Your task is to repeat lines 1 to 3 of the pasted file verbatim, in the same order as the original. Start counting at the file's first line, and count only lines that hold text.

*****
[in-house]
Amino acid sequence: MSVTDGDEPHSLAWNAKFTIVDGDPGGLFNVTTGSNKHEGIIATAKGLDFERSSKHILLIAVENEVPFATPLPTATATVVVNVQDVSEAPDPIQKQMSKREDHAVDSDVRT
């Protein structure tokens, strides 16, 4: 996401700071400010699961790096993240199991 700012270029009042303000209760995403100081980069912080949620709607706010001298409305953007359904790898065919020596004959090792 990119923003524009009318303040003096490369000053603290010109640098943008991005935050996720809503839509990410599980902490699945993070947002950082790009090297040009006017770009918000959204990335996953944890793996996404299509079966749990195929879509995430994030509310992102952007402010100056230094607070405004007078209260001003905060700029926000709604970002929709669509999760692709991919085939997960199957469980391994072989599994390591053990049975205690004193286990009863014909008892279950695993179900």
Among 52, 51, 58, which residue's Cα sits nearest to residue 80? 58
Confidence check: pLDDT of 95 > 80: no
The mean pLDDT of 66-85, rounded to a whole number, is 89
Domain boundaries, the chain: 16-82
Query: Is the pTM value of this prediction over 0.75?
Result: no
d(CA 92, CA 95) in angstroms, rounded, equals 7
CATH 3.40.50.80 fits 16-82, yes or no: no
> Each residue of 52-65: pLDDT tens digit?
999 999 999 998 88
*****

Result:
[in-house]
Amino acid sequence: MSVTDGDEPHSLAWNAKFTIVDGDPGGLFNVTTGSNKHEGIIATAKGLDFERSSKHILLIAVENEVPFATPLPTATATVVVNVQDVSEAPDPIQKQMSKREDHAVDSDVRT
């Protein structure tokens, strides 16, 4: 996401700071400010699961790096993240199991 700012270029009042303000209760995403100081980069912080949620709607706010001298409305953007359904790898065919020596004959090792 990119923003524009009318303040003096490369000053603290010109640098943008991005935050996720809503839509990410599980902490699945993070947002950082790009090297040009006017770009918000959204990335996953944890793996996404299509079966749990195929879509995430994030509310992102952007402010100056230094607070405004007078209260001003905060700029926000709604970002929709669509999760692709991919085939997960199957469980391994072989599994390591053990049975205690004193286990009863014909008892279950695993179900």